6. 6. History Lesson (1999 – Future)<br />Agile:<br />Roots in Japanese models for efficiency<br />Lean, Kanban, Kaizan, etc…<br />Iterative methods in production took root in IT<br />Goal<br />Treat dev. like a Product Development/R&D unit<br />Allow developers to lead development<br />Accept that IT is as much art as it is science<br />Demonstrate that the future of IT is found in its ability to drive change<br />Outcome<br />Increased productivity <br />Failure rate decreased to 24% in many studies.<br />More manageable code bases<br />Average Agile codebase is 20 - 40% smaller than similar waterfall products<br />Increase in developer retention<br />Engaged development teams are happier<br />Increased business value<br />30 – 50 % reduction in time to market<br />200% increase in innovation & tech. capability<br />Next -><br />
  7. 7. Comparison to Waterfall<br />Handling failure in an Agile world<br />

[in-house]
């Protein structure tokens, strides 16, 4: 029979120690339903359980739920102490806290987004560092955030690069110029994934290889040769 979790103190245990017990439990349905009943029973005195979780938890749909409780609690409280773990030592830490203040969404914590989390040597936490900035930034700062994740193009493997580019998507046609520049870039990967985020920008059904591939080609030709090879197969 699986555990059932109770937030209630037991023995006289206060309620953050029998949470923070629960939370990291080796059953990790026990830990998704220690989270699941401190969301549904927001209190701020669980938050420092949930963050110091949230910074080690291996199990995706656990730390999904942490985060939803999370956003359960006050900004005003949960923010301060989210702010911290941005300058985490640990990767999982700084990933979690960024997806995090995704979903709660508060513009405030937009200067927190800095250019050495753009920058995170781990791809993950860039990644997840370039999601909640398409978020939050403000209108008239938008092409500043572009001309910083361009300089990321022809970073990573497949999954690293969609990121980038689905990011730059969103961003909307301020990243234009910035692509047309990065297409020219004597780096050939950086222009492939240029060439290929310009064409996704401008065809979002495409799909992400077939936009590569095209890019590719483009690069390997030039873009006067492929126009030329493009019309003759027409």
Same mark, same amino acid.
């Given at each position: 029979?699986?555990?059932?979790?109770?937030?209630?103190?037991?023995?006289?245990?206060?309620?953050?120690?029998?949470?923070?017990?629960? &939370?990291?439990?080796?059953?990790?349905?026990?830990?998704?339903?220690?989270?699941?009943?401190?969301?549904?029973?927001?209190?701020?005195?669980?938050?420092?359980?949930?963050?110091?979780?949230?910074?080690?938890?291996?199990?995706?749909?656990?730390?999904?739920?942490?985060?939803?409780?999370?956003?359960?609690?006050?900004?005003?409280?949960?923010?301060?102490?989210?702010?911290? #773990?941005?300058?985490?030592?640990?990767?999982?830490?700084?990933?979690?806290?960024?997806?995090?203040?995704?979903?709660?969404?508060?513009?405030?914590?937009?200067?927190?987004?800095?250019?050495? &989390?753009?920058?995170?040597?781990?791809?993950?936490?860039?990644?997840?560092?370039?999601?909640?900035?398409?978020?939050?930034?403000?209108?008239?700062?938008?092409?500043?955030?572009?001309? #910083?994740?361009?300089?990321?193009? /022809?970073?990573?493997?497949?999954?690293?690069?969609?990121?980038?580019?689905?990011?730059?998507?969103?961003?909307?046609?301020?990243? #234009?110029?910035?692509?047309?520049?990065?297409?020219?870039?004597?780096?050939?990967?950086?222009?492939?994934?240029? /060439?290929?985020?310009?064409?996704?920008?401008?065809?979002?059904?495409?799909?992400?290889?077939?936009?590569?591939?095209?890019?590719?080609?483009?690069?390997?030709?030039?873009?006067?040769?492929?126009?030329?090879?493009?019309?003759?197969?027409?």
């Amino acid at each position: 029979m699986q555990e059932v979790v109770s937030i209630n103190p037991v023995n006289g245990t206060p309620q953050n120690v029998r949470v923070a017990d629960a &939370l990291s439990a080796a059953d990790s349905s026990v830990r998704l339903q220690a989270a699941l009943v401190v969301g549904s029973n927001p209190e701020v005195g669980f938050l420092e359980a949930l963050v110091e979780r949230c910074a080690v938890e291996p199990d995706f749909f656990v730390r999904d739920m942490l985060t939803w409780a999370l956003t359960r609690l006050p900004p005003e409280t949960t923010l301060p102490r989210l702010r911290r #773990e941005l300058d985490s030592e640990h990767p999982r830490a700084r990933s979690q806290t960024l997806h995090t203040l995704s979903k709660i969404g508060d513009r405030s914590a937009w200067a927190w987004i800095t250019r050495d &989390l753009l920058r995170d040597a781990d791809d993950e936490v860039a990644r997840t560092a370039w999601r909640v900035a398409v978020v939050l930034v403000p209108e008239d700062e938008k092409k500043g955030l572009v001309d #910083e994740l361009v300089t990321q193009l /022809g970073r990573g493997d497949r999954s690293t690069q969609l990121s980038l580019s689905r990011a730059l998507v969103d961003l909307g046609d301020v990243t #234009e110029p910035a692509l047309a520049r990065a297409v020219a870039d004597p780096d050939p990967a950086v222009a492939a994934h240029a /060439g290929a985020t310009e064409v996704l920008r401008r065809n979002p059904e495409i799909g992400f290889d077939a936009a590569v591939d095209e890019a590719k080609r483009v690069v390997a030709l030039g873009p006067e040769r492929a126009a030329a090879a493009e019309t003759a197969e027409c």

8. 8. Reason for Waterfall Failure<br />Moore’s Law: The number of transistors on a chip doubles every 24 months<br />Universal Law: Change<br />Assumptions<br />Facts (Moore’s Law & Universal Law)<br />Requirements are perfect<br />Tech. is stable, mature, well known<br />All new or unknown challenges are solved before dev. begins.<br />Repetition of a known process.<br />Application development aims to hit a fixed target<br />Customer demand grows<br />Tech. capabilities grow<br />New platforms create new challenges & opportunities throughout dev. cycles<br />Dev. strive to automate anything repetitious<br />Application development is a moving target based on market demand and growth<br />Next -><br />